Even if these steps can’t freeze your story, it will at least bring you a tad bit closer to realizing it. No story can be told the same way twice, your story is and will be your story, others can be similar but never the same. And if you can not find it yet, here is a little story that might help.

This is an old Greek fable about a scholar who went to Socrates.

He travelled the length of the world and learned about all the wisdom available, his name was Cicero and he went to Socrates in an attempt to learn what no one else could teach him.

Once Socrates found this out, he refused to teach Cicero. He begged, pleaded and finally managed to convince Socrates to at least hear his plea.

Walking by the seashore, Cicero was trying to convince Socrates to be his mentor when suddenly the wise Socrates walked chest-deep into the sea.

Cicero walked behind him and stopped. Socrates looked into his eyes and asked Cicero, ‘what do you want?’ To this Cicero replied, ‘I want your wisdom and I want to learn’. Socrates smiled, pushed Cicero inside water and forcefully kept him there for a while.

Once he came out of water and had almost lost his breath, Socrates asked again, ‘what do you want?’ Cicero realized it was a test of some kind and loudly replied, ‘I want your wisdom and I want to learn’ only louder this time.

On hearing this, Socrates pushed him into water again and let him stay there longer. Once Cicero came out of water, he was panting heavily and had almost drowned; Socrates asked again, ‘What do you want?’ Cicero knew that it was a test of some kind and replied in even louder voice, ‘I want your wisdom and I want to learn’. Socrates smiled again and pushed Cicero back into the water.

This time Socrates pushed him hard until Cicero fought his way out, panting and pale, unable to understand Socrates’ behavior. Socrates asked him again, ‘what do you want?’ Cicero arrogantly answered ‘I want to breathe’!

Socrates smiled and said, ‘the day you want to learn as bad as you wanted to breathe, come back to me and I will teach.’

Moral: When you really want to find your story – you will! Until then Keep looking.

– Abhinandan Chatterjee © 2012

Story Time: The Fisherman & the Consultant


A management consultant, on holiday by the beach in Thiruvananthapuram, watched a little fishing boat dock at the shore.

As usual he started calculating the ‘pro’s and con’s of the visible outcome’. Noting the quality of the fish, the consultant finally  asked the fisherman ‘How long did it take to catch them?’

“Not very long.” answered the fisherman.

“Then, why didn’t you stay out longer and catch more?” asked the consultant.

The fisherman explained that his small catch was sufficient to meet his needs and those of his family.

The consultant asked, “But what do you do with the rest of your time?”

“I sleep late, fish a little, play with my children, have an afternoon’s rest under a coconut tree. In the evenings, I go into the community hall to see my friends, have a few drinks, play the Mridangam, and sing a few songs….. I have a full and happy life.” replied the fisherman.

The consultant ventured, “I have an MBA from IIM and I can help you…… ” He said.

And continued by enumerating the a series of events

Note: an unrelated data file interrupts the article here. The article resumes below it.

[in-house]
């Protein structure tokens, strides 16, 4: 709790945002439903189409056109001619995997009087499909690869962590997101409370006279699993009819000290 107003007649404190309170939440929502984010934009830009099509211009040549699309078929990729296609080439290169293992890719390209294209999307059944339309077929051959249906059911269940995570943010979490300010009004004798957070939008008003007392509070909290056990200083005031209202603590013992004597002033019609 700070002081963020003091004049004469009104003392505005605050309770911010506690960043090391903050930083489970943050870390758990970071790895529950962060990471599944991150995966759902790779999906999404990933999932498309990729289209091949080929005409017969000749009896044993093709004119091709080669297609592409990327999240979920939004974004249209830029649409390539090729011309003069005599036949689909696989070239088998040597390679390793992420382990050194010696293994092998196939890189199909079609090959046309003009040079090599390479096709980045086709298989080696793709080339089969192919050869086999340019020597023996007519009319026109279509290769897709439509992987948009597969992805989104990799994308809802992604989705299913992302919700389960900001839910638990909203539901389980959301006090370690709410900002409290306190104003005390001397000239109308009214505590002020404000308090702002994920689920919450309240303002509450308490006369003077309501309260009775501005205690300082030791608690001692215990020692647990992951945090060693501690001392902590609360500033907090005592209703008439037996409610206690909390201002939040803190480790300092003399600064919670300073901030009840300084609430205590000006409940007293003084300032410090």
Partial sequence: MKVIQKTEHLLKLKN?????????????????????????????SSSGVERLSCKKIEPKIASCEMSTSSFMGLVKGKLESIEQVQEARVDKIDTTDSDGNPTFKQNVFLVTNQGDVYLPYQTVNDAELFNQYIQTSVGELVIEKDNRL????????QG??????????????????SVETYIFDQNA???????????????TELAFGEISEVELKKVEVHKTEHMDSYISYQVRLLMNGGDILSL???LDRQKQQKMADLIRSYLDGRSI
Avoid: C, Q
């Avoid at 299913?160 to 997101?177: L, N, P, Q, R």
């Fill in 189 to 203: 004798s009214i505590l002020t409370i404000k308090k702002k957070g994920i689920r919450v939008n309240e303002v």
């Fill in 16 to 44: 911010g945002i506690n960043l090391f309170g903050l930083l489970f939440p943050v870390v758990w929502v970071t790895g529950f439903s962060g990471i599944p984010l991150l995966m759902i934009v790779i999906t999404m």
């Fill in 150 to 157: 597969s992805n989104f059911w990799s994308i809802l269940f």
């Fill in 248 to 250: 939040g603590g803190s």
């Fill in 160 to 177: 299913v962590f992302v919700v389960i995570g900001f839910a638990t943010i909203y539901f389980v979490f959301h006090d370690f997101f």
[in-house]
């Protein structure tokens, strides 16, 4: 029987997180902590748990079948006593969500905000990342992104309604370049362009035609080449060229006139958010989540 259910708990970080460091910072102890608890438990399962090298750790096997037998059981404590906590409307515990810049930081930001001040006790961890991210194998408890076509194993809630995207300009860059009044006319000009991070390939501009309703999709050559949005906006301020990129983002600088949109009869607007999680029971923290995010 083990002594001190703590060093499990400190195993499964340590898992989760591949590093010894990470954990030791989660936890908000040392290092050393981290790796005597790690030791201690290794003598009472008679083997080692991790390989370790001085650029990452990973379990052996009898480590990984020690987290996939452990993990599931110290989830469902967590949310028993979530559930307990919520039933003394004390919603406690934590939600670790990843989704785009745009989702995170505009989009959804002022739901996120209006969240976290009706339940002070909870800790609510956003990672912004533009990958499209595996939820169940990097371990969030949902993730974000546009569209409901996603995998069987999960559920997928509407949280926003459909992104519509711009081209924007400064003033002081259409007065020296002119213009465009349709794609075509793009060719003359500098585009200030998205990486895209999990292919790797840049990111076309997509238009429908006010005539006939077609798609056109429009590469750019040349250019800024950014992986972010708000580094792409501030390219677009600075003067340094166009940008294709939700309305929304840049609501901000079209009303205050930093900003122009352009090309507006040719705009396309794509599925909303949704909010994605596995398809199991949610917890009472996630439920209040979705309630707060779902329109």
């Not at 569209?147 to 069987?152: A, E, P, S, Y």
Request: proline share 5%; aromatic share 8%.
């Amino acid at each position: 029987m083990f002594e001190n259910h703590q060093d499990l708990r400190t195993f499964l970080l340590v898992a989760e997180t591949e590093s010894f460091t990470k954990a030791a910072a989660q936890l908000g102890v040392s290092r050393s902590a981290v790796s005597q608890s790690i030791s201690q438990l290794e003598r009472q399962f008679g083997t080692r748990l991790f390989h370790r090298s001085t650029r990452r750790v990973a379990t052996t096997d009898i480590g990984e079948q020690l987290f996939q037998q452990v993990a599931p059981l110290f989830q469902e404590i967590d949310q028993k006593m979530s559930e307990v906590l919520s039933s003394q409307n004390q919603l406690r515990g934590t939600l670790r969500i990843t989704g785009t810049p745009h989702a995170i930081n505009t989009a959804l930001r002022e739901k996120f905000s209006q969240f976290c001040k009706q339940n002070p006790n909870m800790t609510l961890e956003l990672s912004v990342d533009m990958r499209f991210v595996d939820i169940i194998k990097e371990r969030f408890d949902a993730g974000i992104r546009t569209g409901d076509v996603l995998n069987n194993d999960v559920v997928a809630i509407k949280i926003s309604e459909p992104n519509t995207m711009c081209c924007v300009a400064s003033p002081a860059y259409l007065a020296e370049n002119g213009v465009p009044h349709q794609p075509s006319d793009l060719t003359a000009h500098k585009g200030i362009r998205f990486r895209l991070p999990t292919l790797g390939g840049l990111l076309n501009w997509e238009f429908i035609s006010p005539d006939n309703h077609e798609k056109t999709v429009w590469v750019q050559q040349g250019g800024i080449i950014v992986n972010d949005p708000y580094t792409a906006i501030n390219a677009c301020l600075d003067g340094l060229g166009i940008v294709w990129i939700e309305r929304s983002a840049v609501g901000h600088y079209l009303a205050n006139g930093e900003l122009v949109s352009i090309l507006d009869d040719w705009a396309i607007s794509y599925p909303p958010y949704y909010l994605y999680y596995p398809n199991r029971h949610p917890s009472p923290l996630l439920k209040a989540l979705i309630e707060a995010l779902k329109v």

1. ‘You should start by fishing longer every day for extra fish.
  2. You can then sell the extra fish you catch.
  3. With the extra revenue, you can buy a bigger boat.
  4. With the extra money the larger boat will bring, you can buy a second one and a third one and so on until you have a large fleet.
  5. Instead of selling your fish to a middleman, you can negotiate directly with the processing plants
  6. Depending on ROI and market conditions, Maybe even open your own plant.
  7. You can then leave this little village and move to a city or maybe even out of India.
  8. From there you can direct your huge enterprise.’
Quite a business plan it was, hearing which the fisherman asked, “How long would all that take?”

“Oh, ten, maybe twenty years.” replied the consultant.

“And after that?” asked the fisherman.

“After that? That’s when it gets really interesting,” answered the consultant, laughing, “When your business gets really big, you can start selling shares in your company and make millions!”

“Millions? Really? And after that?” pressed the fisherman.

“After that you’ll be able to retire, move out to a small village by the sea, sleep in late every day, spend time with your family, go fishing, take afternoon naps under a coconut tree, and spend relaxing evenings having drinks with friends… A beautiful life”

” That’s what I’m doing right now”, said the fisherman and went his way.

Moral: Wisdom is not free but patience is priceless and one does not work without the other.

End-note: I was reminded of this story because of something that happened at work today. As usual, I jumped the gun! That’s my biggest AOI now.

Source: Abridged version - Rewritten by : Abhinandan Chatterjee P.S. I have read and heard this story at a few places earlier; the original source is untraceable. A similar story is available on cite hr posted by vrajeev.

 


					

When Elephants Fall ! Failures to learn from.


Who does not fail? Either one who is out-worldly talented or one who is insanely lucky. Surprisingly, most people who the world swears by today have had their share of failures. Each one of their autobiographies will tell you how miserable their life was at a point in time yet its was only a matter of choice – To Outgrow or To Succumb.

We regular folks are on the other hand unhappy for the lesser heart burns and make it a purpose of life to mourn while they, in the very same daylights, decided to fly.